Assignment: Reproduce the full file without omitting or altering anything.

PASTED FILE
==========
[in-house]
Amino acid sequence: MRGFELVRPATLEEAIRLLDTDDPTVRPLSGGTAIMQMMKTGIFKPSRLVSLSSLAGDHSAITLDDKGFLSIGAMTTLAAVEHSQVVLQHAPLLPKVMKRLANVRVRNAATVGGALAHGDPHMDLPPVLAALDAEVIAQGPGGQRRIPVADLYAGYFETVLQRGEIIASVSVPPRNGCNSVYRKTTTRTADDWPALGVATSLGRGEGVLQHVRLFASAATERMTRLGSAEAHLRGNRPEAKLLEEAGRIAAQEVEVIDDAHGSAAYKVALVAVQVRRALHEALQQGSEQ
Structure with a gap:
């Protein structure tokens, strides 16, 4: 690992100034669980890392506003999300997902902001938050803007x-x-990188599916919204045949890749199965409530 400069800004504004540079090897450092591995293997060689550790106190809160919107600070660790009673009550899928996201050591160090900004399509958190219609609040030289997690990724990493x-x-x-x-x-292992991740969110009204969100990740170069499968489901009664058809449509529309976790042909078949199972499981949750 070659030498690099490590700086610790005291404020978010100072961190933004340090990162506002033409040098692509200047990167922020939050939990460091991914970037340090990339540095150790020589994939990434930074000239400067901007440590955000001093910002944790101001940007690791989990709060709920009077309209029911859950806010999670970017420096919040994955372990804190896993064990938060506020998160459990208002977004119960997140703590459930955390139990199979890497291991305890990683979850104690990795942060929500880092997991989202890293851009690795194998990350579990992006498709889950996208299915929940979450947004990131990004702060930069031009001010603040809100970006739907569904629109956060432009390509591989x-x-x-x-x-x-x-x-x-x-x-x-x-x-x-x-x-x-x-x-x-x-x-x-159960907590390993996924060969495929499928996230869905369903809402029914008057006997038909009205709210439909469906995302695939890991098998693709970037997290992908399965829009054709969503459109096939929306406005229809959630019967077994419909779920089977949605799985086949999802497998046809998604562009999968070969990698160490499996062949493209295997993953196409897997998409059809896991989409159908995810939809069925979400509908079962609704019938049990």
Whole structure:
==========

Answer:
[in-house]
Amino acid sequence: MRGFELVRPATLEEAIRLLDTDDPTVRPLSGGTAIMQMMKTGIFKPSRLVSLSSLAGDHSAITLDDKGFLSIGAMTTLAAVEHSQVVLQHAPLLPKVMKRLANVRVRNAATVGGALAHGDPHMDLPPVLAALDAEVIAQGPGGQRRIPVADLYAGYFETVLQRGEIIASVSVPPRNGCNSVYRKTTTRTADDWPALGVATSLGRGEGVLQHVRLFASAATERMTRLGSAEAHLRGNRPEAKLLEEAGRIAAQEVEVIDDAHGSAAYKVALVAVQVRRALHEALQQGSEQ
Structure with a gap:
């Protein structure tokens, strides 16, 4: 690992100034669980890392506003999300997902902001938050803007x-x-990188599916919204045949890749199965409530 400069800004504004540079090897450092591995293997060689550790106190809160919107600070660790009673009550899928996201050591160090900004399509958190219609609040030289997690990724990493x-x-x-x-x-292992991740969110009204969100990740170069499968489901009664058809449509529309976790042909078949199972499981949750 070659030498690099490590700086610790005291404020978010100072961190933004340090990162506002033409040098692509200047990167922020939050939990460091991914970037340090990339540095150790020589994939990434930074000239400067901007440590955000001093910002944790101001940007690791989990709060709920009077309209029911859950806010999670970017420096919040994955372990804190896993064990938060506020998160459990208002977004119960997140703590459930955390139990199979890497291991305890990683979850104690990795942060929500880092997991989202890293851009690795194998990350579990992006498709889950996208299915929940979450947004990131990004702060930069031009001010603040809100970006739907569904629109956060432009390509591989x-x-x-x-x-x-x-x-x-x-x-x-x-x-x-x-x-x-x-x-x-x-x-x-159960907590390993996924060969495929499928996230869905369903809402029914008057006997038909009205709210439909469906995302695939890991098998693709970037997290992908399965829009054709969503459109096939929306406005229809959630019967077994419909779920089977949605799985086949999802497998046809998604562009999968070969990698160490499996062949493209295997993953196409897997998409059809896991989409159908995810939809069925979400509908079962609704019938049990």
Whole structure: